In recent months, the government has announced a ‘stamp duty holiday’ as an initiative to help the economy recover from the recent pandemic. This means that until the end of June 2021, the stamp duty threshold has been increased to assist homebuyers with the purchase of their new home.

Read below to find out how these changes may affect you:

England and Northern Ireland

As a result of the temporary stamp duty holiday, first-time buyers and those moving into a new property in England and Northern Ireland are exempt from paying stamp duty on homes up to the value of £500,000. For homes over £500,000 - you'll pay stamp duty at standard rates. This initiative will run until the end of June 2021.

Beyond this date, the starting rate of stamp duty will still be double its normal rate, at £250,000, until the end of September. From 1st October, stamp duty will then return to the usual level of £125,000. Read our stamp duty guide to find out more.


In Scotland, stamp duty is known as the ‘land and buildings transaction tax’. Anyone purchasing a property below £250,000 in Scotland can now benefit from the LBTT holiday, meaning both firsttime buyers and those moving into a new property are exempt from paying LBTT until 31st March, 2021. For homes priced between £250,000 and £325,000, you will pay 5% LBTT

Beyond this date, the normal stamp duty rates will apply, meaning first-time buyers are not required to pay LBTT on properties up to £145,000.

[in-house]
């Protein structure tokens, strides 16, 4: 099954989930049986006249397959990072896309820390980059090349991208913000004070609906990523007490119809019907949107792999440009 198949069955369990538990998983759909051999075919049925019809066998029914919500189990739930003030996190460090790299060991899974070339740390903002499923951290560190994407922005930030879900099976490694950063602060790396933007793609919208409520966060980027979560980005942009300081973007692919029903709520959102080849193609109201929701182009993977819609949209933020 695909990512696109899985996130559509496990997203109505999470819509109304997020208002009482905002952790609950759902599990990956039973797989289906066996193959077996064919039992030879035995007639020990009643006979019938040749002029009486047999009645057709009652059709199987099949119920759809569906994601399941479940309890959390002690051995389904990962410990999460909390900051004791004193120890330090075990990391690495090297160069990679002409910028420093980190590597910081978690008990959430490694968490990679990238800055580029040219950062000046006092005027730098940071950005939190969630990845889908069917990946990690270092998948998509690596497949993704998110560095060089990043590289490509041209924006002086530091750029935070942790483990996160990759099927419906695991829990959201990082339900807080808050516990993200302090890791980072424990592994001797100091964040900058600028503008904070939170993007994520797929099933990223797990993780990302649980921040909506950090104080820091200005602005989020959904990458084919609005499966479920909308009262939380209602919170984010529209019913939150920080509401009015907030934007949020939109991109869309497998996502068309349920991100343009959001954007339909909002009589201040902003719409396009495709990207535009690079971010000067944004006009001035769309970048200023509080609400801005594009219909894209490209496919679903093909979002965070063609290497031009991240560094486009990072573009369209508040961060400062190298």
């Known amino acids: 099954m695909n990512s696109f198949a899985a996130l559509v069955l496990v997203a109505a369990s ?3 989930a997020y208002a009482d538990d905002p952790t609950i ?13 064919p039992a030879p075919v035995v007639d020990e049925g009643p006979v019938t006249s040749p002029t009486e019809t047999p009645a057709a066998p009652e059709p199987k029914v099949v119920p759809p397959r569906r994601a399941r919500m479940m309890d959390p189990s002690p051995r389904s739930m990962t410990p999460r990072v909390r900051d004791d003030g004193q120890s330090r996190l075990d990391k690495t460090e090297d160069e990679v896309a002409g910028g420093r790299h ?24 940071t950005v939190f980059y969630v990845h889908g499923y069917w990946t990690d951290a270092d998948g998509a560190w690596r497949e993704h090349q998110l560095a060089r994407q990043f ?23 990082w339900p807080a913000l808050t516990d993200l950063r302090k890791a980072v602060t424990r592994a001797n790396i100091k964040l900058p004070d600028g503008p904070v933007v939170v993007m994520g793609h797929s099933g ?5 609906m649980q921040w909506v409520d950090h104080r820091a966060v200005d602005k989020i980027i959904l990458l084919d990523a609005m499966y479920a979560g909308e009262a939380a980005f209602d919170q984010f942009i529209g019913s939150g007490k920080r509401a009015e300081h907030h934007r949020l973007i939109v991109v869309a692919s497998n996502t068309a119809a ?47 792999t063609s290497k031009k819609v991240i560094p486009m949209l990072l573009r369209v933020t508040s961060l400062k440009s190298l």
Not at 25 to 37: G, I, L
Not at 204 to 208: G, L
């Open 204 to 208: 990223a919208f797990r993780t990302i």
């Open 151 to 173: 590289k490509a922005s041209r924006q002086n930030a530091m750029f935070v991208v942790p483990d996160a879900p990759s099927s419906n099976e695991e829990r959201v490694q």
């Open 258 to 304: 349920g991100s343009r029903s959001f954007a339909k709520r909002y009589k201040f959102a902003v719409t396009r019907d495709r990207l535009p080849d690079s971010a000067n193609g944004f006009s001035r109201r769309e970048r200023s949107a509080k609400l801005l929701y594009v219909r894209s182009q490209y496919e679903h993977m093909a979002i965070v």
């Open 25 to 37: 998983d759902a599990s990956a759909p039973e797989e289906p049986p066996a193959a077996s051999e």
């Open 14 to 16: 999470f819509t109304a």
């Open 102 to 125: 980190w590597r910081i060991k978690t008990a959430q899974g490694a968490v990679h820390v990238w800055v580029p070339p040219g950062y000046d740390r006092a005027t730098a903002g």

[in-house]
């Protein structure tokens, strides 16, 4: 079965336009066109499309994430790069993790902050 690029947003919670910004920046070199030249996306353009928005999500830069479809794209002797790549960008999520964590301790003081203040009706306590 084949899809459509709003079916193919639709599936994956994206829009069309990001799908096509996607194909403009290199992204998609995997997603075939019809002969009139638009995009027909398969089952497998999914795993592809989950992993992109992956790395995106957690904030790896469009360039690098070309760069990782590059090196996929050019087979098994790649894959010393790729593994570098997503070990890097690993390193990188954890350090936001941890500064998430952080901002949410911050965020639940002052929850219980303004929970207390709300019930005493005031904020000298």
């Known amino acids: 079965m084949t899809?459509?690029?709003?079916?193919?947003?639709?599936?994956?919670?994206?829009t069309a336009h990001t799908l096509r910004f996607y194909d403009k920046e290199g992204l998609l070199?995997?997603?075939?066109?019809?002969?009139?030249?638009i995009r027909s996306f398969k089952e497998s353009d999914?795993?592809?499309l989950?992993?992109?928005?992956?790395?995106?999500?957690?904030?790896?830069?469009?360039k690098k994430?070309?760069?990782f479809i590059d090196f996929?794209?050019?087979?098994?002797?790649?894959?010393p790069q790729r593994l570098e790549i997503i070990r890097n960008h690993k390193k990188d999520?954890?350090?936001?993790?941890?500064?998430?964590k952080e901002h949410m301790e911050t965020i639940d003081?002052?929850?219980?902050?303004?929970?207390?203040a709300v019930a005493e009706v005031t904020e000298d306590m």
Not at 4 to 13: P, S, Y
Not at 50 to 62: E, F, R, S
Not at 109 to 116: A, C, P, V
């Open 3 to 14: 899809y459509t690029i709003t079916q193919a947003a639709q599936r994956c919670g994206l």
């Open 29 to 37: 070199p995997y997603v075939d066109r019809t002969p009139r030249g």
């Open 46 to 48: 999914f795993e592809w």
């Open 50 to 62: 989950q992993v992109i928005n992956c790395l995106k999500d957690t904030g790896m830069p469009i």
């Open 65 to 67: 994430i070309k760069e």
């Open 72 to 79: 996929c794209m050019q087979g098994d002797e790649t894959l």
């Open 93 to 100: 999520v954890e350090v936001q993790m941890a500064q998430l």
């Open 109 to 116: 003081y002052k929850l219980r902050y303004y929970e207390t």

For more information, read our LBTT guide.


In Wales, stamp duty is known as the ‘land transaction tax’. As a result of the temporary stamp duty holiday announced by the Welsh government, anyone purchasing a property below £250,000 in Wales is exempt from paying stamp duty until 31st March 2021.

Beyond this date, normal stamp duty rules will apply, meaning buyers are required to pay stamp duty on properties costing over £180,000, whether you are a first-time buyer or not.

For more information, read our LTT guide.

Legal fees

To handle the legal side of your purchase, you will need to hire a solicitor or licensed conveyancer. They will handle all of your contracts, give legal advice, carry out local searches, handle the Land Registry and transfer your funds for the purchase. Make sure to choose your solicitor carefully, using recommendations where possible, and ensure to maintain good communication with them throughout the buying process.